I first read about linear cities in Scientific American some years ago – I have lost the reference. The idea is not new, and many cities have development corridors that are watered down versions of this. This concept aims to reap the transport and lifestyle benefits of a linear city but also drastically reduce energy use.
A key issue is growing population. There will be around 2 Billion extra people on the planet soon, and perhaps half of the existing population aspires to a decent lifestyle. If all those people get homes with car space and roads a substantial part of the planet will be consumed.
For example in the UK we may have 10 million people to accommodate by 2050. That is more than live in Greater London. London is crowded, people want a better life than that. So we might expect twice the area of Greater London to be consumed accommodating these people. And the world problem is, literally 200 times larger again.
One linear city in the UK, and another 100 larger ones across the planet, would solve most of these housing problems without destroying the natural environment.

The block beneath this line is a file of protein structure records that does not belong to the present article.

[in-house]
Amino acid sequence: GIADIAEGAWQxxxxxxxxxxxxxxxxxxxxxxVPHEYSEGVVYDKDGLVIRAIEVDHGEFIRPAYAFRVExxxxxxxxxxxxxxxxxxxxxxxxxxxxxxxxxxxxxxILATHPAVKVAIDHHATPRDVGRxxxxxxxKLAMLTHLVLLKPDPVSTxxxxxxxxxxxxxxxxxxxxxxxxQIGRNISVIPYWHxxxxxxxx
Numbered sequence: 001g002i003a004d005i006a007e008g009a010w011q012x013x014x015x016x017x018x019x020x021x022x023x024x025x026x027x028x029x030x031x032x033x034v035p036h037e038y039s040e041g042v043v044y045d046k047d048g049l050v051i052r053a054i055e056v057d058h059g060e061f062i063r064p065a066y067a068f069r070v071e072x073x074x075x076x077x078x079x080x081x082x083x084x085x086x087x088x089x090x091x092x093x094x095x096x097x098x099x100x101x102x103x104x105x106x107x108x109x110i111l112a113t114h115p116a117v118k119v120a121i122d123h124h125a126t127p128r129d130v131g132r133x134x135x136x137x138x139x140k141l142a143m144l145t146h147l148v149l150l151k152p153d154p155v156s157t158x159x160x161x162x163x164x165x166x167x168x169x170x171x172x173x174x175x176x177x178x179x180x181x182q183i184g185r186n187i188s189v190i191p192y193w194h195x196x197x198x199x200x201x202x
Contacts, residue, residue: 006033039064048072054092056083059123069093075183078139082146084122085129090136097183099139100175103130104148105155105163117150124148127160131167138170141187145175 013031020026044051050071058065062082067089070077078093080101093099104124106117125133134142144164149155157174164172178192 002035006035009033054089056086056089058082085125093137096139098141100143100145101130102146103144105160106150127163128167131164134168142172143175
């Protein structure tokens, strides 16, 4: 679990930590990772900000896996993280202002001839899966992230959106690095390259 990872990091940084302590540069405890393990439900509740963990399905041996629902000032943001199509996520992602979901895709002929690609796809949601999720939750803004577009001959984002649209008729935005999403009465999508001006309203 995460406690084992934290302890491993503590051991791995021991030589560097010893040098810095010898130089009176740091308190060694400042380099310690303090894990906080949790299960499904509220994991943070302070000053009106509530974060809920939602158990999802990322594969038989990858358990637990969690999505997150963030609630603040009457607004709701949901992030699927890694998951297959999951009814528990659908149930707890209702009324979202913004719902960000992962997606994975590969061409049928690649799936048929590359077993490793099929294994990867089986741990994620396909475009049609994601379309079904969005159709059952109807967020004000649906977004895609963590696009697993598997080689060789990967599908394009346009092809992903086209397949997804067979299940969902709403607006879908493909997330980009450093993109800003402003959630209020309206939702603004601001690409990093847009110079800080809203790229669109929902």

The city would be built with one end at a major, growing city. The communication links would be put in place first, with capacity for growth. The city would then be expanded section by section, becoming longer and longer
The design could vary. In an early post I showed a roof over the whole city but clearly a central area could be left open, or some buildings like restaurants and prestige offices could project through the roof, or the buildings could be enclosed in groups with spaces between. I assumed that a uniform profile would reduce heat losses to a minimum and get maximum accommodation for minimum visual impact. The uniform profile would be preferred in extreme climates, in temperate areas heating and cooling are less important and the style could be more open.
Later, following some comments, I posted a second concept that was rather more traditional with separate buildings, but with a well designed public transport system.